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Posts: 354




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« Reply #5 on: June 25, 2019, 04:33:20 AM »

The 180 is an awesome very complex receiver. Ditto on the slot control. The one I had, the control had caught on something and was destroyed. Lucky enough to find a replacement.

Not much you can do far as tweaking the receiver back to spec if needed. Need special equipment.

I put it on craigslist, and was very surprised when someone contacted me and drove 2 hours to get it.
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W2JJV
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« Reply #6 on: June 25, 2019, 11:51:21 AM »

Thanks all--looking forward to this task when the weather turns--Appreciate all the useful and supportive advice.  I know it will be worth the effort!

73, David
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N5INP
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Posts: 2312




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« Reply #7 on: June 25, 2019, 05:45:04 PM »

Thanks all--looking forward to this task when the weather turns--Appreciate all the useful and supportive advice.  I know it will be worth the effort!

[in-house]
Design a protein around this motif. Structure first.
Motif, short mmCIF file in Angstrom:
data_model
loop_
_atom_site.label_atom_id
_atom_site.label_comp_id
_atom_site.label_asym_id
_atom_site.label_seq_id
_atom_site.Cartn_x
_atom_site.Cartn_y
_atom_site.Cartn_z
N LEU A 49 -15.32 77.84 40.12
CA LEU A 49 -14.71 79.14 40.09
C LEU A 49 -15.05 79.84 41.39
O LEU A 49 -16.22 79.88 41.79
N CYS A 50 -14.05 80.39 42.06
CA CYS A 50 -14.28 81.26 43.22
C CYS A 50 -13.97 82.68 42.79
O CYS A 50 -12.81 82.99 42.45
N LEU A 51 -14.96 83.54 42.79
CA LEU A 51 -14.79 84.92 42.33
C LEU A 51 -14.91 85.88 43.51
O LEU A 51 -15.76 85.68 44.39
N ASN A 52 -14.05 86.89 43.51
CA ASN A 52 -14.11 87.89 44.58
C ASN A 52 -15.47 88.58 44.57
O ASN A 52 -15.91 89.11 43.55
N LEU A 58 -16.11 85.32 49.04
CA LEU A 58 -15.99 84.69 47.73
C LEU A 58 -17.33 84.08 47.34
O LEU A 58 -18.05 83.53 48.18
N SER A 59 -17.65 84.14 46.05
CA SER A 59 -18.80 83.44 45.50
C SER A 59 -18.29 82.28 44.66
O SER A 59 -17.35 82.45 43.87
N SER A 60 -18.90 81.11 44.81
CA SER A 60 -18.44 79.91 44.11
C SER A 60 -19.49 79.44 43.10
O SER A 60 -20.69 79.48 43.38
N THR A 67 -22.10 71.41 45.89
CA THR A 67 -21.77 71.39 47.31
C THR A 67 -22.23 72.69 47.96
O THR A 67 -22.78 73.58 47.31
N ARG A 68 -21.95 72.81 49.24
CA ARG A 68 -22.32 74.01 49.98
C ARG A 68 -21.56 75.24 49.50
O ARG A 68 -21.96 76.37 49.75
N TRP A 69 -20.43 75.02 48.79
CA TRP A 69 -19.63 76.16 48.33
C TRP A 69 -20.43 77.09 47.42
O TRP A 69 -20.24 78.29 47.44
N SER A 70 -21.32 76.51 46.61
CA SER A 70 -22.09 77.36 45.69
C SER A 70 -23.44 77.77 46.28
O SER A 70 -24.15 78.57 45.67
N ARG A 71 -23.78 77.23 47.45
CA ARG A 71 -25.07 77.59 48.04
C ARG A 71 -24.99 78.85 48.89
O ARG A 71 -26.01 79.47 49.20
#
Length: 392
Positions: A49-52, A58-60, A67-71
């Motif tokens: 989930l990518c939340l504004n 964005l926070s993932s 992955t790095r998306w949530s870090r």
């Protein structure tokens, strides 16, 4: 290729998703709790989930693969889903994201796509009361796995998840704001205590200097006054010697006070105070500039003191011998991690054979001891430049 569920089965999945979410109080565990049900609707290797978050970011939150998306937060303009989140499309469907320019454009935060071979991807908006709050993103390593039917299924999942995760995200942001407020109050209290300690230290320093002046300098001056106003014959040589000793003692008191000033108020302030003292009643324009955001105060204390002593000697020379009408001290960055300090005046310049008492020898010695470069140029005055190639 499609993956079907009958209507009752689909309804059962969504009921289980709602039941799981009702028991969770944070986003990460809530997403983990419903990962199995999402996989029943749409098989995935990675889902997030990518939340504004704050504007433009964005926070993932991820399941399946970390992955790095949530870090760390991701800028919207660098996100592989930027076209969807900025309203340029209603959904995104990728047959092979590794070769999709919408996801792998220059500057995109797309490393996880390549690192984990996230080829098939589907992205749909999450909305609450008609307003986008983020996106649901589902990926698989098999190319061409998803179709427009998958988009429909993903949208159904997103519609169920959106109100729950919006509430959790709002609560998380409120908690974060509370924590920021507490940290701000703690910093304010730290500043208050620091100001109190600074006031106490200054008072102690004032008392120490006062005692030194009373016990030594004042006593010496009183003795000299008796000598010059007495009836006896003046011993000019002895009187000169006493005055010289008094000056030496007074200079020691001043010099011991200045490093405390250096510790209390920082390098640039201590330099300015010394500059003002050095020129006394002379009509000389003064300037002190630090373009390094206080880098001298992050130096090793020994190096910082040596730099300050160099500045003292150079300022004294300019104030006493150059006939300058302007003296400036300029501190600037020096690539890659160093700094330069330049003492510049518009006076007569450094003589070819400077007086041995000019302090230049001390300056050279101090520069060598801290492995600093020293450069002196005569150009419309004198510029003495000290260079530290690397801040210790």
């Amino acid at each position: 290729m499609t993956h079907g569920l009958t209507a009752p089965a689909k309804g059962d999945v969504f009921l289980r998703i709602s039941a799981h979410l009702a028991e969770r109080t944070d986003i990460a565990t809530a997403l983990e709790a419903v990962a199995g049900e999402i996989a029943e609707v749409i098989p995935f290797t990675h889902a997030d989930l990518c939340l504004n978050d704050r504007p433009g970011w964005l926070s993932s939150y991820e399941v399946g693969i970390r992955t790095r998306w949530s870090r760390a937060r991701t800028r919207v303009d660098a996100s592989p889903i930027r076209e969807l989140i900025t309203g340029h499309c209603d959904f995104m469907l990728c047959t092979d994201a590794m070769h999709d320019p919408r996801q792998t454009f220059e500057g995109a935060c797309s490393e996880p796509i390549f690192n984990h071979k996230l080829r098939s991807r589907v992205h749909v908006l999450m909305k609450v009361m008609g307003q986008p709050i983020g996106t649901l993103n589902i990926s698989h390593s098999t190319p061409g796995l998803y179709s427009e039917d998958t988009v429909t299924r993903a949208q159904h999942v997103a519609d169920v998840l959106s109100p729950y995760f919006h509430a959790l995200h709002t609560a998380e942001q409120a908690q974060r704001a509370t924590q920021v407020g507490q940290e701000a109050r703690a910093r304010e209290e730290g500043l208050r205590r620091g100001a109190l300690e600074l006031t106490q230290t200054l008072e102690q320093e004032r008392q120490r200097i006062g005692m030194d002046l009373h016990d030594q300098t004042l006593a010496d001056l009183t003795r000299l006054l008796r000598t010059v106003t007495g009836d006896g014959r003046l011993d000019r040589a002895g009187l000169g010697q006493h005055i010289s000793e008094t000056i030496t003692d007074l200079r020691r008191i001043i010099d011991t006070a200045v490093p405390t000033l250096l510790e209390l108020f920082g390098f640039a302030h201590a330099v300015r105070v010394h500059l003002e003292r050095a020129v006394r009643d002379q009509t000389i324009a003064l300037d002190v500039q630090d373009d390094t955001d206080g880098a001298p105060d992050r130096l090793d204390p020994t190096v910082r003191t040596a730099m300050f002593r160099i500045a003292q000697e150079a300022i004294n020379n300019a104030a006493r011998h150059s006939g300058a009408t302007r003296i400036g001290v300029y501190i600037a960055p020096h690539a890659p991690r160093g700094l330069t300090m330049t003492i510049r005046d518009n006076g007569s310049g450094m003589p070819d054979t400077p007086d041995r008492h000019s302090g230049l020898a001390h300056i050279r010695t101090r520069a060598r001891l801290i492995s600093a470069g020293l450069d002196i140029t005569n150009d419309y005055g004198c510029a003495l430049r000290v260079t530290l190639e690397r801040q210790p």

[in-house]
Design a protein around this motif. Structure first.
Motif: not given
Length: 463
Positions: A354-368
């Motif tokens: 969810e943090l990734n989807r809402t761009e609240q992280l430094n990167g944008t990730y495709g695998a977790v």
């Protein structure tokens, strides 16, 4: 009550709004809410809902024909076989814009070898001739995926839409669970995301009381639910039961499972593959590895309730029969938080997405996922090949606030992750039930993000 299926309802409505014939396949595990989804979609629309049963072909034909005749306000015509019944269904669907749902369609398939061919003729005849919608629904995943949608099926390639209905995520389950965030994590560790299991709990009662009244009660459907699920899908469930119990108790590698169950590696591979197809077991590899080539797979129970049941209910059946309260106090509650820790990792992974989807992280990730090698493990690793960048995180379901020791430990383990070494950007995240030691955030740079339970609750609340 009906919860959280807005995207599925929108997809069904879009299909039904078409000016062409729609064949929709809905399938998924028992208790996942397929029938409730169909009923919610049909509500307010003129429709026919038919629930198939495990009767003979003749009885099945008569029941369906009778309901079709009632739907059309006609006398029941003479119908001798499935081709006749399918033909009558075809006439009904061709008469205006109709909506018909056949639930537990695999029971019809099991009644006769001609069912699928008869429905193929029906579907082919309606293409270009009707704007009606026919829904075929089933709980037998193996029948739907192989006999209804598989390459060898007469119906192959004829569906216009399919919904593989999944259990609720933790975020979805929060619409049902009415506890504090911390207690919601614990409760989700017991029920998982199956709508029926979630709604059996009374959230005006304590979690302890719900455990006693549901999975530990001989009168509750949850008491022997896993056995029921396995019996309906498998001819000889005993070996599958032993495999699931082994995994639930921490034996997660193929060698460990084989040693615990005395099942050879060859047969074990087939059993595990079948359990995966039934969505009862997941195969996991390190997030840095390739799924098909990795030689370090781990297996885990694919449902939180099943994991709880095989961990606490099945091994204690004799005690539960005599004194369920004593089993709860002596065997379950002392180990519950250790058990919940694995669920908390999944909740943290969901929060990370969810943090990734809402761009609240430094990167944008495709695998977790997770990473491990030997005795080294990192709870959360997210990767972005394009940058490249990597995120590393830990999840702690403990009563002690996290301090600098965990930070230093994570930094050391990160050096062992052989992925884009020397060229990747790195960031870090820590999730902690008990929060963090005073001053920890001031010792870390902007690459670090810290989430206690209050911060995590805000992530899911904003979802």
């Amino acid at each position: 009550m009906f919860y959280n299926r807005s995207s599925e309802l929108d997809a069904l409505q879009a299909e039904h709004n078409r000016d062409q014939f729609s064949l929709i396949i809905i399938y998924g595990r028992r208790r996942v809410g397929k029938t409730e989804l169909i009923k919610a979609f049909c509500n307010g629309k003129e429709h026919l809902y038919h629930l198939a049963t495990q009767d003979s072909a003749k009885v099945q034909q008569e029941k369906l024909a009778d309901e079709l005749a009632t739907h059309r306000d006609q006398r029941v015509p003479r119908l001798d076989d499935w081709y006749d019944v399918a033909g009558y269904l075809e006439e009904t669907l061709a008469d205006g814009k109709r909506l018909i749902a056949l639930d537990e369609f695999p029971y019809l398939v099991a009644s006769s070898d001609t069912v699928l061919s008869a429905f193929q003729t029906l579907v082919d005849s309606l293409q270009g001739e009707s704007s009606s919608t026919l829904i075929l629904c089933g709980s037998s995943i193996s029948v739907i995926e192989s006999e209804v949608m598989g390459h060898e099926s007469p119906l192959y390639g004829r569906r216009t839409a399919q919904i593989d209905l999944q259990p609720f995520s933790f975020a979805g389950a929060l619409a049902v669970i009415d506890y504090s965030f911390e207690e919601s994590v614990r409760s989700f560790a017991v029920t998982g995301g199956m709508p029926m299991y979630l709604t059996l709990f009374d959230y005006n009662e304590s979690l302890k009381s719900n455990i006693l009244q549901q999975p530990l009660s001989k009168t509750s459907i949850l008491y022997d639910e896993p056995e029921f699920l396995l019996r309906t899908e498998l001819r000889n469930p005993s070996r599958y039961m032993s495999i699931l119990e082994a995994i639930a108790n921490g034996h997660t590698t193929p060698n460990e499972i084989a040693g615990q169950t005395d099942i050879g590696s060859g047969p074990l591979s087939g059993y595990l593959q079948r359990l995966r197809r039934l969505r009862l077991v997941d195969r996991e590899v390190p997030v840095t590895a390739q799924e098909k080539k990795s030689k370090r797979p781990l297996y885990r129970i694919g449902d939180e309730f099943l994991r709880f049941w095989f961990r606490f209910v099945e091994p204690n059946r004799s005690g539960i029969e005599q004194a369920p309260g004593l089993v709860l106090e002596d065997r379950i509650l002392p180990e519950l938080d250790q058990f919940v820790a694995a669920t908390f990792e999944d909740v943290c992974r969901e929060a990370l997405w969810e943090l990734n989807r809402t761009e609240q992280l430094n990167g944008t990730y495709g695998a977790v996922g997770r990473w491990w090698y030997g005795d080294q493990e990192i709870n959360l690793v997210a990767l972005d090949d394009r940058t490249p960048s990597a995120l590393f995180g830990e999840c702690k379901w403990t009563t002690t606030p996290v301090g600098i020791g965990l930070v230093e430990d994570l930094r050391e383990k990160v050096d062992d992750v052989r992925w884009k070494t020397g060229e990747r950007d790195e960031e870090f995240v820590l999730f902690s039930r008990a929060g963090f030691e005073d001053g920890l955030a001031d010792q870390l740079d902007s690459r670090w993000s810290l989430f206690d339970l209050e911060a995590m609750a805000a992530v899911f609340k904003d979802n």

73, David

Spray some deoxit into a small container so the liquid accumulates, get the amount you think you need. Then get a hypodermic needle and suck some of the liquid up. Then just use the needle to put the deoxit exactly where you want it.  Smiley
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KM1H
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« Reply #8 on: July 10, 2019, 09:31:49 AM »

Thanks all--looking forward to this task when the weather turns--Appreciate all the useful and supportive advice.  I know it will be worth the effort!

73, David

Spray some deoxit into a small container so the liquid accumulates, get the amount you think you need. Then get a hypodermic needle and suck some of the liquid up. Then just use the needle to put the deoxit exactly where you want it.  Smiley

Or just buy the D-100 with the needle dispenser which is fine for many if not most jobs. For the tricky jobs I use a piece of stiff #20 tinned wire and bend as needed and with a tiny drop on it.

Carl